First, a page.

Half a century ago, Belgian Zoologist Bernard Heuvelmans first codified cryptozoology in his book On the Track of Unknown Animals.

The Centre for Fortean Zoology (CFZ) are still on the track, and have been since 1992. But as if chasing unknown animals wasn't enough, we are involved in education, conservation, and good old-fashioned natural history! We already have three journals, the largest cryptozoological publishing house in the world, CFZtv, and the largest cryptozoological conference in the English-speaking world, but in January 2009 someone suggested that we started a daily online magazine! The CFZ bloggo is a collaborative effort by a coalition of members, friends, and supporters of the CFZ, and covers all the subjects with which we deal, with a smattering of music, high strangeness and surreal humour to make up the mix.

It is edited by CFZ Director Jon Downes, and subbed by the lovely Lizzy Bitakara'mire (formerly Clancy), scourge of improper syntax. The daily newsblog is edited by Corinna Downes, head administratrix of the CFZ, and the indexing is done by Lee Canty and Kathy Imbriani. There is regular news from the CFZ Mystery Cat study group, and regular fortean bird news from 'The Watcher of the Skies'. Regular bloggers include Dr Karl Shuker, Dale Drinnon, Richard Muirhead and Richard Freeman.The CFZ bloggo is updated daily, and there's nothing quite like it anywhere else. Come and join us...

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Saturday, April 27, 2013


For well over 2000 years, the beautiful and tranquil Cannock Chase Forest in Staffordshire, England, has been home to the most intense concentration of unusual phenomena ever to manifest in the British Isles. From heavily documented UFO sightings and ghostly apparitions, to disturbing tales of animal/human hybrids and top secret military activity, the Chase (as it is known locally) exhibits all the standard traits, often attributed to a paranormal portal, which, to me, makes the area endlessly fascinating.

Over the last 12 months, I have been collating evidence, stories and witness reports from residents and visitors to Cannock Chase, and have nearly finished writing a book detailing my findings. When the publication is complete I will post a link on here, but until then, I think a little taster is in order........


The hunt for British Big Cats attracts far more newspaper-column inches than any other cryptozoological subject. There are so many of them now that we feel that they should be archived by us in some way, so we should have a go at publishing a regular round-up of the stories as they come in. In September 2012 Emma Osborne decided that the Mystery Cat Study Group really deserved a blog of its own within the CFZ Blog Network.

  • SIGHTINGS USA: Bobcat sighting reported in Sorrent...
  • NEWSLINK: Ranthambore tiger strides 220km to MP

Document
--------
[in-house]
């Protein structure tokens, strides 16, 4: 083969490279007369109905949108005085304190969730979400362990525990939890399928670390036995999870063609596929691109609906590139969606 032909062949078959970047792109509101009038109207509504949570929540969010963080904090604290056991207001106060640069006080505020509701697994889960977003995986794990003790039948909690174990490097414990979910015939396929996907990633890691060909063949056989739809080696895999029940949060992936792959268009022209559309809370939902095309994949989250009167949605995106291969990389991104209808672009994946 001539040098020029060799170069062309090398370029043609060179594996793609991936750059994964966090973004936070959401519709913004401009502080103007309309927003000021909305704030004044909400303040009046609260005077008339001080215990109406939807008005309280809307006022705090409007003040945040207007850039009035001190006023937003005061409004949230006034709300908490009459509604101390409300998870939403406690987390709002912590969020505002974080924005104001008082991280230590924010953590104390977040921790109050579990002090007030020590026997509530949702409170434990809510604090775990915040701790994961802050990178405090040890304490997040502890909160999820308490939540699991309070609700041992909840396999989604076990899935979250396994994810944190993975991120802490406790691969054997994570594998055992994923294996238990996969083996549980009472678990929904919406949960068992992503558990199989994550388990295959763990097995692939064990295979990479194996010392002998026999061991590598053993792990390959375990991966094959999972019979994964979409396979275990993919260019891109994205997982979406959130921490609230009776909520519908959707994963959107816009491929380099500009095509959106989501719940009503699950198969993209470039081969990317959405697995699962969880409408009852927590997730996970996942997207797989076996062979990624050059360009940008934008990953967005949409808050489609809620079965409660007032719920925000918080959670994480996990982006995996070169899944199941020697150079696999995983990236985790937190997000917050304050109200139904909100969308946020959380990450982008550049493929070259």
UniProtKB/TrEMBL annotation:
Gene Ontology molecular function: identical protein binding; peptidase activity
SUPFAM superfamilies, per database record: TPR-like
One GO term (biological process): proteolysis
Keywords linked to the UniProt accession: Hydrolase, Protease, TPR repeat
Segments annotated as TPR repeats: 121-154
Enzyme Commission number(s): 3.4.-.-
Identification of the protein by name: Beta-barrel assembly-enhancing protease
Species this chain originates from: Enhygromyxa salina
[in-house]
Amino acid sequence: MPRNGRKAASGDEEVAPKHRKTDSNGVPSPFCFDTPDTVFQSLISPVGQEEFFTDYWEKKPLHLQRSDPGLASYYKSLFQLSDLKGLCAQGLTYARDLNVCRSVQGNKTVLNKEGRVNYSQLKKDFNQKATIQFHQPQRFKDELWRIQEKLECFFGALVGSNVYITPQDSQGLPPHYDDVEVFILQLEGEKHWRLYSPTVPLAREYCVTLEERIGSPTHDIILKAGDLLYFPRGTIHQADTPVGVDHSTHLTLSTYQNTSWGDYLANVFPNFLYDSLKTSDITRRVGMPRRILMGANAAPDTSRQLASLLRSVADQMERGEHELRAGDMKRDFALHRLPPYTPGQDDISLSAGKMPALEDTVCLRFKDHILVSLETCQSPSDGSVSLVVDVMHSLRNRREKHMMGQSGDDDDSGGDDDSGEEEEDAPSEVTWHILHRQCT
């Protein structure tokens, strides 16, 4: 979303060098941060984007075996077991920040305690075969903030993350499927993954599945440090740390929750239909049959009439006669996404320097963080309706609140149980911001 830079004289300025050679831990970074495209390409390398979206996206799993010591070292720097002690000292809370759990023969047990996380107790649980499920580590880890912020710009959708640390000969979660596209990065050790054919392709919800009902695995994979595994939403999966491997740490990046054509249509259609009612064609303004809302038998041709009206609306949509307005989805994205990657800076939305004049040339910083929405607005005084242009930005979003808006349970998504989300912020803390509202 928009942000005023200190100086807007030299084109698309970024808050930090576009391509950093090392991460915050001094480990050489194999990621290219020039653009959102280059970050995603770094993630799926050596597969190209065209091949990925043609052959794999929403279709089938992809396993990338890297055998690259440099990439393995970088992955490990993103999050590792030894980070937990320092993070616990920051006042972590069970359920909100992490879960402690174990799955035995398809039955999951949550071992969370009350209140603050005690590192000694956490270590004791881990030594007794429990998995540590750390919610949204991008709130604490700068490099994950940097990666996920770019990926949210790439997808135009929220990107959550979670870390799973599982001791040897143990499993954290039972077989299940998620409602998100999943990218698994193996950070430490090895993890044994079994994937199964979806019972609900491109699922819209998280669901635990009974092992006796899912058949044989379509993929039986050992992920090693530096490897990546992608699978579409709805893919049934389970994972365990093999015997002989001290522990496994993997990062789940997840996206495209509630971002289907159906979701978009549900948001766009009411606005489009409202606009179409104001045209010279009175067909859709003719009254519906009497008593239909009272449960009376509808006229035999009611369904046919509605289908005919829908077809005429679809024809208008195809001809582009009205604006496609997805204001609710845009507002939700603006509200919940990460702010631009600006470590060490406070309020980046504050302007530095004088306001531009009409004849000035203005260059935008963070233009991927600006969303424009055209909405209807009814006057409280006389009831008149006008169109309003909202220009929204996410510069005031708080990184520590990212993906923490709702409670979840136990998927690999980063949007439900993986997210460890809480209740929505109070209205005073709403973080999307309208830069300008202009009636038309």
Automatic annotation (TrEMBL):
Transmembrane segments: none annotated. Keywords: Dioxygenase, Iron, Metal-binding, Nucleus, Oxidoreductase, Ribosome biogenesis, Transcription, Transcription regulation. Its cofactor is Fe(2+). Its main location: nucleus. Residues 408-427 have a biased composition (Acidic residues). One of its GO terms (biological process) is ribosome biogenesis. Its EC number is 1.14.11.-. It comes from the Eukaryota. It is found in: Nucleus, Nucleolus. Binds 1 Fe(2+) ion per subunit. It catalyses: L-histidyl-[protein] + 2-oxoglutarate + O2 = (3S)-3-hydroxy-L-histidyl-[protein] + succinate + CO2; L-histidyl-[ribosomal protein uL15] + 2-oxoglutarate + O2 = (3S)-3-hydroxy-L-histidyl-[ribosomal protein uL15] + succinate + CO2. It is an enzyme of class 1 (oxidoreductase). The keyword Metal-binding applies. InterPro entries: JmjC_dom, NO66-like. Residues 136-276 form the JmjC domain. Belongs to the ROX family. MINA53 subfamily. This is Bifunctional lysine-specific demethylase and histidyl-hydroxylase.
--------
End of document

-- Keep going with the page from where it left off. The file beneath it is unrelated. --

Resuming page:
• NEWSLINK: Cheetahs could disappear from the wild b...
  • NEWSLINK: No violations found at wild cat park whe...


    When people paid to help save the rhino, did they really imagine it was so that the rhino’s head could one day hang on someone’s wall?

    File:Rhino relaxing .jpg

    How Do You Save Endangered Rhinos?

    For the first time in 33 years, the U.S. Fish and Wildlife Service (USFWS) has granted a permit to an American hunter to import a black rhino trophy from Africa.
    The move certainly set a precedent for importing endangered species trophies (it’s the first time any endangered species trophy has been allowed into the states) and has stirred up controversy about whether or not killing an endangered species can help save them.

    Rhino horn madness: over two rhinos killed a day in South Africa
    Rhino poachers have killed 232 rhinos during 2013 so far in South Africa, reportsAnnamiticus, which averages out to 2.1 a day. The country has become a flashpoint for rhino poaching as it holds more rhinos than any other country on Earth. Rhinos are being slaughter for their horns, which are believed to be a curative in Chinese traditional medicine, although there is no evidence this is so.

    Last year, South Africa lost 668 rhinos to poachers, according to the Department of Environmental Affairs. Most of the rhinos killed are white rhinos (Ceratotherium simum), which are currently listed by the IUCN Red List as Near Threatened. The other four rhino species are more endangered: the Indian rhinoceros (Rhinoceros unicornis) is listed as Vulnerable, while the black, Javan, and Sumatran are all listed as Critically Endangered. The Sumatran rhino (Dicerorhinus sumatrensis) is down to just 100 individuals, while the Javan rhino (Rhinoceros sondaicus) is down to about 60.

    Sumatran rhino population plunges, down to 100 animals

    Less than 100 Sumatran rhinos survive in the world today, according to a bleak new population estimate by experts. The last survey in 2008 estimated that around 250 Sumatran rhinos survived, but that estimate now appears optimistic and has been slashed by 60 percent. However conservationists are responding with a major new agreement between the Indonesian and Malaysian governments at a recent summit by the International Union for Conservation of Nature's Species Survival Commission (IUCN SSC).